Ainstable Our Arrival
OldEric says :-) Our family left West Cumberland in 1938 to live at the Barugh Cottages about two kilometres from Ainstable and to the northeast of Penrith. I was four years old almost five. It was at this age I really seemed to begin to remember things in detail and start to consciously work things out for myself.
My father came to Ainstable to work for a man called Parkin who had a large house and grounds on the edge of Ainstable village opposite the village school. We did not stay long at Ainstable probably not much more than twelve months before we moved to Sharrow Bay on the shores of Ullswater Lake. I don't think my father cared for Mr Parkin very much. I seem to remember my parents talking ......Mr Parkin says this, or Mr Parkin says I must do that, etc. Nothing specific, just a feeling of dissatisfaction working for Mr Parkin.
When I became five and eventually started school I decided one day instead of walking directly home I would go and see my father at work up Parkin's drive opposite the school gates. I went up the steep drive and found my father working on the circular portion of the sloping drive below the house. He talked to me for a little while and told me I'd better go home. I didn't want to. Two children appeared from the house about my age or a little older and we three started to play. A lady appeared at the door said a few words to my father and everything seemed to be alright and we continued playing until five o'clock came round and I went home with my father sitting on the crossbar of his bike. A little later I repeated the visit to my father's work place and he firmly told me to go home and marched me down the drive to the road telling me on the way down I wasn't welcome to play with the Parkin children. Mr Parkin's orders. I didn't visit again.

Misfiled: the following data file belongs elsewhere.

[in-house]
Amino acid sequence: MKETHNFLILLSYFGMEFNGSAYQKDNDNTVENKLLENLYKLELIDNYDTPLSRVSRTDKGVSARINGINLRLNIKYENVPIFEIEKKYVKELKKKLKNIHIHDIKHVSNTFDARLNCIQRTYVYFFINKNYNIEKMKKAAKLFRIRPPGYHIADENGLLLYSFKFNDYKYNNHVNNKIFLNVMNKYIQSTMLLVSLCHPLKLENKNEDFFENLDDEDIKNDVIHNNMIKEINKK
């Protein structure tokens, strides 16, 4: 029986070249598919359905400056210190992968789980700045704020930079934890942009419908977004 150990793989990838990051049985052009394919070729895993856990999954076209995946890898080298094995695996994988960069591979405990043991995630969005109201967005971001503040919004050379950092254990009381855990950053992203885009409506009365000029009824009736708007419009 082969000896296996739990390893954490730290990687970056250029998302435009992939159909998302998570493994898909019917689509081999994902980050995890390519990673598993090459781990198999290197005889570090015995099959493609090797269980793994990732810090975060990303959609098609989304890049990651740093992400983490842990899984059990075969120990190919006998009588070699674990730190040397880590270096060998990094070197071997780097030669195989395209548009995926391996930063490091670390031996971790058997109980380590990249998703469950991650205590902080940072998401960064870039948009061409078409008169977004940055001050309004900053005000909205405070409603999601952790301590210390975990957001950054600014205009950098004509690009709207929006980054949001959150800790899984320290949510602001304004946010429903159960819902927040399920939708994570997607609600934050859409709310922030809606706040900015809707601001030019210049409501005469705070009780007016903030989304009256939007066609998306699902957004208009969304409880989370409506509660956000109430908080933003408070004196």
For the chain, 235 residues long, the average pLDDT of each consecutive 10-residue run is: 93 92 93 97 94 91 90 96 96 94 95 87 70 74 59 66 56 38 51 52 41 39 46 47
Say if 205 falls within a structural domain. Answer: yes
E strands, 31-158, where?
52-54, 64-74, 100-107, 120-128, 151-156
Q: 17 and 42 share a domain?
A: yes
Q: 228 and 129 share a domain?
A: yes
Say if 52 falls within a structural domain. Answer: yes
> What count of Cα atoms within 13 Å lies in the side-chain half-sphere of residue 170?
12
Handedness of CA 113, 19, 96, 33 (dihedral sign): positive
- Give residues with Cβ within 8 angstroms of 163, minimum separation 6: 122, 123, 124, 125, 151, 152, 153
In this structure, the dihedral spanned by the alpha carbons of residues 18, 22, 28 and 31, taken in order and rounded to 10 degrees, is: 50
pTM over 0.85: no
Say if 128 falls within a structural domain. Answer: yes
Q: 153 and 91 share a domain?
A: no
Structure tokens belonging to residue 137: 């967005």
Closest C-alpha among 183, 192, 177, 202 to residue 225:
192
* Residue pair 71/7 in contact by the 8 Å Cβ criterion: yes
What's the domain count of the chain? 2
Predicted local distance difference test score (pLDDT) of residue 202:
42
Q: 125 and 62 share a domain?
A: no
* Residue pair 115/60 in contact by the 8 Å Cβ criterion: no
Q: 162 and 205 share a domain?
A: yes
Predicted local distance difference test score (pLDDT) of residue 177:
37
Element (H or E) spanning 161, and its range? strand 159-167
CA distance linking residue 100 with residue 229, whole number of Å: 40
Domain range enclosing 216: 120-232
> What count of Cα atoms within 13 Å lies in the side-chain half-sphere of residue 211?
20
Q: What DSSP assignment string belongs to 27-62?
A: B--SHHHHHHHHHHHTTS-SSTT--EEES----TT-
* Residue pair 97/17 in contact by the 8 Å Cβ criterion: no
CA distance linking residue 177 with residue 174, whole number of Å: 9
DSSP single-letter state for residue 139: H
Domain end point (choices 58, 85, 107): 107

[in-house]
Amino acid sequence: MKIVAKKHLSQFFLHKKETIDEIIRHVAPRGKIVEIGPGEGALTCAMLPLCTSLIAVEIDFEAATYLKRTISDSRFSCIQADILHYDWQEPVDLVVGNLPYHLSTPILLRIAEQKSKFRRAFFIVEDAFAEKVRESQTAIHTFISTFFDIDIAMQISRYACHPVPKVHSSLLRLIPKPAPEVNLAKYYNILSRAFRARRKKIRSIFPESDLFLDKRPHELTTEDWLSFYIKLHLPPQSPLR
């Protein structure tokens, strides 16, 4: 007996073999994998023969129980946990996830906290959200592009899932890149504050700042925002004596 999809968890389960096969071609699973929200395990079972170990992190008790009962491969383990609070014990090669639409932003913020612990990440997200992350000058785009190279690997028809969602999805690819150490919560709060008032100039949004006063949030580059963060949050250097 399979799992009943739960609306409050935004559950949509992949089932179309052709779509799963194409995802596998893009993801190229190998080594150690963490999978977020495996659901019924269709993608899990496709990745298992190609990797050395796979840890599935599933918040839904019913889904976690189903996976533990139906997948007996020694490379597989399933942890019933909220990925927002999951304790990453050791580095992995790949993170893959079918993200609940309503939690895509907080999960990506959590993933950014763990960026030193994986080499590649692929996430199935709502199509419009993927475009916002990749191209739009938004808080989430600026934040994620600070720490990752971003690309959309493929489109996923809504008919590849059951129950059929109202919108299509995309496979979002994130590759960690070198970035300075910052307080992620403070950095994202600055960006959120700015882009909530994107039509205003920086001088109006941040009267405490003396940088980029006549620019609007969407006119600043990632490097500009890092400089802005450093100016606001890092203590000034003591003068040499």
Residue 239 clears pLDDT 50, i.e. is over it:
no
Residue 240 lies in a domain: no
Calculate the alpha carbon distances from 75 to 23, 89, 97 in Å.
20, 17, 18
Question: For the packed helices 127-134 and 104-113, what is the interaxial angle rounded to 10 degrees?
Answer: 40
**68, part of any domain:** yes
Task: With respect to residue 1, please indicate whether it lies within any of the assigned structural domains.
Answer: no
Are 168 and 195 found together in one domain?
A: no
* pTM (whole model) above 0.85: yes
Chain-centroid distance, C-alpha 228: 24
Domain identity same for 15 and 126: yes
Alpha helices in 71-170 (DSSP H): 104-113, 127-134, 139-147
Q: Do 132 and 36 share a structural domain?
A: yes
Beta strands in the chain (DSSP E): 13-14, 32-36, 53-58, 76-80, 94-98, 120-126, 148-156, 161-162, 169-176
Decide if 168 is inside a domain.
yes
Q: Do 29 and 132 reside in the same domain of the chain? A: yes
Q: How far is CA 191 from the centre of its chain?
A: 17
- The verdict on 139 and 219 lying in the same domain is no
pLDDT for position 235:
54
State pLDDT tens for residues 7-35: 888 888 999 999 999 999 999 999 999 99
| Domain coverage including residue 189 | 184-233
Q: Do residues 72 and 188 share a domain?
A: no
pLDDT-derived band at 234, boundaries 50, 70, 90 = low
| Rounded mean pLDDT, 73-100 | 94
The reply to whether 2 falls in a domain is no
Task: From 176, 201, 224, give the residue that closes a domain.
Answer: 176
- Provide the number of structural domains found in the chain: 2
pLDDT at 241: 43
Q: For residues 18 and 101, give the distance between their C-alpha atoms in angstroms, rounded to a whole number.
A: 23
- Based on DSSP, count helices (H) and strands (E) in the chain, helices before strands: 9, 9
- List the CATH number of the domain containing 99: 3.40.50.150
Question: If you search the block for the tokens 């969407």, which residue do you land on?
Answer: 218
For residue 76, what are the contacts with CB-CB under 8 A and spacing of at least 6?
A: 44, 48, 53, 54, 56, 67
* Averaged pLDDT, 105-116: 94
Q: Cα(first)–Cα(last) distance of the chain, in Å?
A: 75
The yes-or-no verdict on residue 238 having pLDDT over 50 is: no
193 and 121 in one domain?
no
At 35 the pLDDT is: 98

I often used to dawdle on my way home from school finding all kinds of interesting things to do. One of my favourite stopping places was at the top of the hill by the road junction on my way home. Here was a small wood with a wide road berm which the local Council used as a dump for roading metal or chippings. This was one of my magic places where imagination takes over and where I could make in the chippings roads with high banks and cliffs and rivers with bridges of twigs and bits of wood. Where I could run my imaginary lorries and trains and boats.
One day I did not arrive home from school and my mother must have panicked. Somehow she contacted my father at work, how I don't know, most people did not have a phone in those long gone days. He left work at his usual time of five o'clock looking for me to find I had only got to the top of the hill on my way home from school and I was lost in my own little world in the pile of Council chippings.
Another favourite stopping place was further along the road on my way home, it was at a farm called the Bramery located just before the road dropped down the hill to our home at Barugh Cottages . I would hang around the farm gate and very soon the farmers wife would come to the door and call me in for a glass of milk and a piece of her still warm daily baking. She kept an eye out for me each school day.
This road home from school was the road where I learned to whistle. In those days all boys learnt to whistle. I always practiced just after I came out of the school going up the hill. All I could do was all blow and no whistle until one day much to my surprise a whistle came out. After that it was practice, mostly blow and some whistle until after a while I could whistle at will.
The road home, mostly empty of traffic was certainly an interesting place for a five year old boy. Much better than the road to school where there was'nt time to look at 'things' and do 'things'.